The first is that the relationship between teacher unions and the citizenry is different from that of all other public employee unions because public education is a compulsory command of the state that requires either money (tuition) or expertise (homeschooling) to circumvent. If you don’t send your kid to an assigned public school, you get a summons. Which is also to say, you can be hauled into court for truancy if your child does not attend. Early in my career, I watched families in Camden, New Jersey, serially called to court for keeping their children out of the city’s public schools because they feared such trivialities as gang attacks and sexual assaults. Failure to attend meant fines. Failure to pay the fines meant jail.
No other union has a relationship as intimate — and entangled — with the people it serves. Fire is a ravenous beast, but no modern city is on fire all at once. Conversely, if a teacher union decides to remove its members from the classroom to extract some monetary or political price, millions of people can be affected, particularly in the country’s largest school districts. This relationship — compulsory attendance at large scale and monopoly supply — gives teacher unions, irrespective of what their members as a whole may believe or desire, the power to disrupt life at levels other public unions simply can’t. It’s the public-sector equivalent of every bank deciding it won’t give out money or facilitate transactions for the foreseeable future. Everyone is affected.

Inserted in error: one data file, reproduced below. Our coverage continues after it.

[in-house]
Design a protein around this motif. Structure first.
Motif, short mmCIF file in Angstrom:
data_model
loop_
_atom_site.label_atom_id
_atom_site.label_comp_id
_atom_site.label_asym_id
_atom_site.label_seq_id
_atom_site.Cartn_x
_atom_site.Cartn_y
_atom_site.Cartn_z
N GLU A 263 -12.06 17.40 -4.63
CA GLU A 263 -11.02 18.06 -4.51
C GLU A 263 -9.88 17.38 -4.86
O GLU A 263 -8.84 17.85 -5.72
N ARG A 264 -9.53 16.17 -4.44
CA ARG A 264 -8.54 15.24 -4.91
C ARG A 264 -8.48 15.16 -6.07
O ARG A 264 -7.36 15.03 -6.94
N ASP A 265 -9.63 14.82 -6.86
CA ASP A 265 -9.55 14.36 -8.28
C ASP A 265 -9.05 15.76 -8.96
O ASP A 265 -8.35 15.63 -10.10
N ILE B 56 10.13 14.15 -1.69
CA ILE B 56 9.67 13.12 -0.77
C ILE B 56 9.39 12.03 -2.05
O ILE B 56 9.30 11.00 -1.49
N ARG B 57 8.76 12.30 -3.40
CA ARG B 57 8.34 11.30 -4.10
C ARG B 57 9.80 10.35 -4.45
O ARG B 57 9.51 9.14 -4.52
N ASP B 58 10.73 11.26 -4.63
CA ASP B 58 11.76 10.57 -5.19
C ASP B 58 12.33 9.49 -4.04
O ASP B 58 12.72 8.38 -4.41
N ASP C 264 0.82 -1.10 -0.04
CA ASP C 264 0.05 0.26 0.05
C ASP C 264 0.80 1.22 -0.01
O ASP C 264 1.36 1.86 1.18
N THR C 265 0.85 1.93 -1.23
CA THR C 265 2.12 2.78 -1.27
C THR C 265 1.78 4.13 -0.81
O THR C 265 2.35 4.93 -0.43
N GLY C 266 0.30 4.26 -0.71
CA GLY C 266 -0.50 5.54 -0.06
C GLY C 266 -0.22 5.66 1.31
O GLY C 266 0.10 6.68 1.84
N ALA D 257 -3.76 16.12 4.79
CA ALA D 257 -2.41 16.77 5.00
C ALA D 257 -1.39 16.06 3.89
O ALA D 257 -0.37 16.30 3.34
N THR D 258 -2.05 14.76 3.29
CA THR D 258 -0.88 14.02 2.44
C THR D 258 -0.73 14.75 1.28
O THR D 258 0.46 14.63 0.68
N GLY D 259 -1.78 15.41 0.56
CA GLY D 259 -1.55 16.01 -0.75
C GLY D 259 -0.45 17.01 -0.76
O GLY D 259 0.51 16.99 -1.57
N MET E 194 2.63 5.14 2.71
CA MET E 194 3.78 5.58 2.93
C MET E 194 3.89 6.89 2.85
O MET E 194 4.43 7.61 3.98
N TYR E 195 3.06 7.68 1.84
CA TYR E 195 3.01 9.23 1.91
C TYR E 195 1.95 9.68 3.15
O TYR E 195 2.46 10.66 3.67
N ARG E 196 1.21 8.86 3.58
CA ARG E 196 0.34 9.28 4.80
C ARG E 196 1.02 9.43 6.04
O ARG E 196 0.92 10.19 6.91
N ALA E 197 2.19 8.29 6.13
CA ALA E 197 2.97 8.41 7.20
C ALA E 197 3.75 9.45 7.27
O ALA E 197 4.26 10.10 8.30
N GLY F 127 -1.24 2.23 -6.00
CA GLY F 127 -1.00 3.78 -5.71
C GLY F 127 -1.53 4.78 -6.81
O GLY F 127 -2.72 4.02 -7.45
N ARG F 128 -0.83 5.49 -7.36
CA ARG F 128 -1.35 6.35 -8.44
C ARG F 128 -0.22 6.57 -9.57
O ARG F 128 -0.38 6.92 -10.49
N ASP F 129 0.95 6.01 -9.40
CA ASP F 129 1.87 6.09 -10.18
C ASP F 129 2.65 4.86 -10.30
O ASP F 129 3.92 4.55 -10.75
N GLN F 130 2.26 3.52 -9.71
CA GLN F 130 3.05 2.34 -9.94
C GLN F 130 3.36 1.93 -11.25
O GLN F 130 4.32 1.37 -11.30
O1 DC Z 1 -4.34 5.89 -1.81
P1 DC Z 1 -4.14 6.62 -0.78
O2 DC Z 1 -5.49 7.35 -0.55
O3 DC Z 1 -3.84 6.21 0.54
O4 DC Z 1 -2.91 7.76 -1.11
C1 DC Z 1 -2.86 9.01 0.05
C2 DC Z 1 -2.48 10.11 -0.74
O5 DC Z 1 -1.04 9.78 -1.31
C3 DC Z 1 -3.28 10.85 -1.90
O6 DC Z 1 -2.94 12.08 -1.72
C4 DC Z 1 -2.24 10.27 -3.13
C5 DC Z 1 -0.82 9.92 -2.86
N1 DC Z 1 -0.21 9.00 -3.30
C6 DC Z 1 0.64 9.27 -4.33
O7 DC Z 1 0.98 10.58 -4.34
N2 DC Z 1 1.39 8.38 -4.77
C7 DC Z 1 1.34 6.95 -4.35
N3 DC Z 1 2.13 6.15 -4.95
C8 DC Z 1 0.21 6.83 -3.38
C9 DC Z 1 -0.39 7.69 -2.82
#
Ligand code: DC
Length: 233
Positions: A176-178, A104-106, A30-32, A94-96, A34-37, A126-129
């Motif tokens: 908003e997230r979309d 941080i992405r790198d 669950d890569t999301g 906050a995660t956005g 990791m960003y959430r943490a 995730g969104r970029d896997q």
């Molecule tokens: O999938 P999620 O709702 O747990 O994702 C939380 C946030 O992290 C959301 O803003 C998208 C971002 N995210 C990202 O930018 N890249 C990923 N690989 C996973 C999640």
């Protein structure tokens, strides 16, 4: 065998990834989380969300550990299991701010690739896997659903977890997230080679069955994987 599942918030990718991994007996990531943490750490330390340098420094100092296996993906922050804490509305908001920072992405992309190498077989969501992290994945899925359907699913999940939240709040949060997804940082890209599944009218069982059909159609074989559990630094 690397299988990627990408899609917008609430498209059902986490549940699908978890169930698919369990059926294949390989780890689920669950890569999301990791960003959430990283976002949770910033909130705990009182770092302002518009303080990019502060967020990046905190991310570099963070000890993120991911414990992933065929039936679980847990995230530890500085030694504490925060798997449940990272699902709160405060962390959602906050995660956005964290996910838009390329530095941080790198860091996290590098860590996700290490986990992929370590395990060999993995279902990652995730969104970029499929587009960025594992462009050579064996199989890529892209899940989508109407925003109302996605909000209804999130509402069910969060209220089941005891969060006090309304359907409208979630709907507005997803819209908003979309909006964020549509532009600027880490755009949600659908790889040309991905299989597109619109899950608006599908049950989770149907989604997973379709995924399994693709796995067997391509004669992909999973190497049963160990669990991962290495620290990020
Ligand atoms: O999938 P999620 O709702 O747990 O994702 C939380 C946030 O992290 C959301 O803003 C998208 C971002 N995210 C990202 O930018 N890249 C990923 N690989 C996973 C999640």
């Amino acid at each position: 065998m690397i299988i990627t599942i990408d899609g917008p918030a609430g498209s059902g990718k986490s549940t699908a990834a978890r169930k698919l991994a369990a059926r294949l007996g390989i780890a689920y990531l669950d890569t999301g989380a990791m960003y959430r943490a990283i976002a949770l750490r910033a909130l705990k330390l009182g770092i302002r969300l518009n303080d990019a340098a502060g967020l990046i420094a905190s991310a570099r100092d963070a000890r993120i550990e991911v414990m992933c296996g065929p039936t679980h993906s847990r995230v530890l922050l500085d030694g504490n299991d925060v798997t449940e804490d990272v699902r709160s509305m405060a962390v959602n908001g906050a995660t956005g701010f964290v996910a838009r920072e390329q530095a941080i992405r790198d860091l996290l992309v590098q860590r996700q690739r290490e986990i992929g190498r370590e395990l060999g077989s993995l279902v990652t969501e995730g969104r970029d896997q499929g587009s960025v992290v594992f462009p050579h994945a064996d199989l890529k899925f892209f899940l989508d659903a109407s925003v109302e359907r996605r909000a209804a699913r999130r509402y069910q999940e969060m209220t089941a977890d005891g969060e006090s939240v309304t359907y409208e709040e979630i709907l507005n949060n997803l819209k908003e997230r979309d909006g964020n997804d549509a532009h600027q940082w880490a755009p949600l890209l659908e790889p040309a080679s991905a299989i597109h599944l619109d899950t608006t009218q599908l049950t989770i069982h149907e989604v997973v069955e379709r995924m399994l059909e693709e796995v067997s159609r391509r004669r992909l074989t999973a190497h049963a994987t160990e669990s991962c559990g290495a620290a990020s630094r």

But this relationship between striking teachers and all the parents and kids in a district where a walkout occurs doesn’t affect all families equally. And this is perhaps the more important reason to oppose the strikes, whether or not you are “ride or die” for organized labor.